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The Plantae Kingdom

A detailed description of each of the 10 phyla of plants.
by

Alex Webber

on 24 April 2010

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Transcript of The Plantae Kingdom

http://botit.botany.wisc.edu/courses/systematics/Phyla/Phylum_directory.html
http://www.cycadlover.com
Botany notes. "Holt: Modern Biology Book."
http://www.hcs.ohio-state.edu/hcs300/svp2.htm
http://www.ucmp.berkeley.edu/plants/sphenophyta/sphenomm.html
http://extension.usu.edu/range/forbs/horsetail.htm
http://www.botany.hawaii.edu/faculty/webb/bot311/bot311-00/celltissorgan/coniferophyta.htm
http://www.ucmp.berkeley.edu/anthophyta/anthophyta.html
http://www.wisegeek.com/what-are-monocots.htm
http://www.hcs.ohio-state.edu/hcs300/angio1.htm

The Plantae Kingdom Bryophyta Most primitive
No vascular tissue
Fertilization depends on water
Depend on rhizoids for anchor
Pioneer species that initiates growth
Also used for water retention and fuel

Polytrichum Commune Psilotophyta Epiphytes
Lack roots and leaves
Have underground rhizomes
Found in tropical and temperate
regions

Psilotum nudum Lycophyta Have true roots and lealves
Specialized leaves for reproduction
Reproduce by shedding spores
Found in tropical and temperate
regions (swamps or forest floors) Selaginella kraussiana Sphenophyta Equisetum arvense Contains only one living genus
Jointed stems and scale-like leaves
Loosely packed reproductive organs
Commonly found in tropical and temperate
regions, usually in moist soil
Pterophyta Davallia tyermanni Usually have beatiful leaves
Most have an underground stem
Have new, coiled leaves (fiddleheads)
Produce spores on underside of leaves
Found in all climates, very adaptive Cycadophyta Woody, long-lived unisexual plants
Seed once used as a food source for humans
Considered 'fire-adaptive' (lose leaves in blaze but regrow very quickly)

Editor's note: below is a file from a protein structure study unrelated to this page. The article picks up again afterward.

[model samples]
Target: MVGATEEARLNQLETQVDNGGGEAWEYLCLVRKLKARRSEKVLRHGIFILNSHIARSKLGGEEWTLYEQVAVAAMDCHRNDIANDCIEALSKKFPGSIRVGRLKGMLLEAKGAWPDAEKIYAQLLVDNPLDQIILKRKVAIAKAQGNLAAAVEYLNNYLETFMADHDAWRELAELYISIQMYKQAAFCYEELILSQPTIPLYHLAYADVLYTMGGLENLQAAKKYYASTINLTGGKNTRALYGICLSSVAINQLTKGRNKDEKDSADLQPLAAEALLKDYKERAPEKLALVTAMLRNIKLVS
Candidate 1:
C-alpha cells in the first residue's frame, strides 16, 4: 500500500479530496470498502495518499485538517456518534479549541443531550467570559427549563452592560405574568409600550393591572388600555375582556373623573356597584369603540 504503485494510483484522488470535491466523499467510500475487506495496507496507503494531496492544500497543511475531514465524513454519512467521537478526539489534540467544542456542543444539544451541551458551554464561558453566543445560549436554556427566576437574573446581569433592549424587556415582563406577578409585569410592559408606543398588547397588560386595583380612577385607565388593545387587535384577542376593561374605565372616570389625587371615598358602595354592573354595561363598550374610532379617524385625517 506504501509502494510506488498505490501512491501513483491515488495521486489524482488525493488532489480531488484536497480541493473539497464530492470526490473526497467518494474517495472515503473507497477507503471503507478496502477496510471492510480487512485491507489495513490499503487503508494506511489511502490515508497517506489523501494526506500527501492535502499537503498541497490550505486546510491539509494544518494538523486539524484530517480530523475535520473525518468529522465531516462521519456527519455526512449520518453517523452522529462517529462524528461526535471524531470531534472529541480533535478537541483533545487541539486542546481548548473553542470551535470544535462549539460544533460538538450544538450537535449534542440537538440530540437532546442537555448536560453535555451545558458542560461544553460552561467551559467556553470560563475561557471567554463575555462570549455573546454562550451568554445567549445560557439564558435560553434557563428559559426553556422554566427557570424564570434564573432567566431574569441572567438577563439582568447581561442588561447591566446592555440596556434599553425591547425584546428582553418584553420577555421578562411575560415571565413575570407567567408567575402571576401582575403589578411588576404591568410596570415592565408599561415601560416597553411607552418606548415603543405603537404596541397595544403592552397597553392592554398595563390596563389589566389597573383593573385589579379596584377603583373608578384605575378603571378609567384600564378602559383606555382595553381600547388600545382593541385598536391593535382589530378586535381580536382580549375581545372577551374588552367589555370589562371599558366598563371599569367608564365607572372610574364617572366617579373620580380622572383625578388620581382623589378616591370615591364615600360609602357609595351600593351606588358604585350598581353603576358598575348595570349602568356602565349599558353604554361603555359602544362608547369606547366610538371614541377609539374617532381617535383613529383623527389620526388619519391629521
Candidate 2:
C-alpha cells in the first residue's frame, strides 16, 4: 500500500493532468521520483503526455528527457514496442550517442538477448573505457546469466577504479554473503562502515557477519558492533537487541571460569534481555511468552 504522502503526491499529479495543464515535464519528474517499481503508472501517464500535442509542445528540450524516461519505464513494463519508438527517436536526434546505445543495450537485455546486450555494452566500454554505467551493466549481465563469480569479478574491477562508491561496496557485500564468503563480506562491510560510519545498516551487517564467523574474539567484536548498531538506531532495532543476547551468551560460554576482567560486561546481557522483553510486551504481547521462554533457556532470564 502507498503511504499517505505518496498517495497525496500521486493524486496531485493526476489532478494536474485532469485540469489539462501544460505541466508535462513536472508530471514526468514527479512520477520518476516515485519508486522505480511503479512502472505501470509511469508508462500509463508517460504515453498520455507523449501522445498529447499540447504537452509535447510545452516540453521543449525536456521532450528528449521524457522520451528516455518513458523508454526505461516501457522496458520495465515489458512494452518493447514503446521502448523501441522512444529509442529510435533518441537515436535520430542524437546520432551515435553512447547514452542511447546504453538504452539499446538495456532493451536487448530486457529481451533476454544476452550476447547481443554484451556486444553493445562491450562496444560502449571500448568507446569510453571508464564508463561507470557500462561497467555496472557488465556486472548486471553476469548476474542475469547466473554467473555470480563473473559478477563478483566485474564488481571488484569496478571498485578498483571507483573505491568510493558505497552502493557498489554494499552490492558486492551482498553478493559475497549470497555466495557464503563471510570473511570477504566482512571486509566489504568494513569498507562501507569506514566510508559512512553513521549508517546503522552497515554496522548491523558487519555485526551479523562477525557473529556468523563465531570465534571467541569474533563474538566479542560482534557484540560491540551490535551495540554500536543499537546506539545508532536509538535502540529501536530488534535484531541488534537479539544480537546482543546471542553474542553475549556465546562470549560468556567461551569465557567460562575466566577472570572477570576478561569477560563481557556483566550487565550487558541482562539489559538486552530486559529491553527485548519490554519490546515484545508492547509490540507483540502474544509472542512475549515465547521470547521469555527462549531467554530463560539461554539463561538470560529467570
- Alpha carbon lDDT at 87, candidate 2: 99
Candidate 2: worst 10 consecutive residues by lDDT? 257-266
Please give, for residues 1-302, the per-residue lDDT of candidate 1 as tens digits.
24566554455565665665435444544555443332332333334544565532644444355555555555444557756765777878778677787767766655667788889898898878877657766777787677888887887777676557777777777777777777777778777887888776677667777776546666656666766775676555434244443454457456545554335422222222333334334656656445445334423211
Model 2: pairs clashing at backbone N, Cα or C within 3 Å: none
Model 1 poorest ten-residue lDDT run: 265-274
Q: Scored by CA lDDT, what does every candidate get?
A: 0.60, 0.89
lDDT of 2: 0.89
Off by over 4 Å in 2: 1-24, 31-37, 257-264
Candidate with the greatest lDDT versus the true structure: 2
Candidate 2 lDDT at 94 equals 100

Native to tropics and warm climates Cycas revoluta Ginkgophyta Regarded as a living fossil
Deciduous plants
Only one living species (Ginkgo biloba)
Females produces butyric acid (vomit smell)
Surviving species restricted to China (in wild)

Ginkgo biloba Coniferophyta Most have needles or scale-like leaves
Usually seperate male & female cones
Used as a source of wood and paper
Found in vast ecosystems, usually in the
Northern Hemisphere
Sequoia sempervirens
Anthophyta Largest group of plants, most diverse
Unique for beautiful flowers
Form majority of crops and decorative plants
Dominate terrestrial ecosystems
Found in all climates and parts of the world


Gnetophyta Desert shrub
Source of ephedrine (decongestant)
Unique in resemblence of angiosperm
Only gymnosperm to double fertilize
Commonly found in dry climates (desert), but Gnetum is found in tropics
Welwitschia mirabilis Opuntia ficus-indica Monocot One cotyledon in embryo
Leaves have parallel venation
Scattered vascular bundles in stems
Flower parts usually occur in threes
Very diverse group in terms of location Lilium hansonii Dicot Have two cotyledons in embryo
Leaves have net venation pattern
Stems are radially arranged in vascular bundles
Flower parts are usually in fours or fives
Very diverse group in terms of location Acer carpinifolium The End
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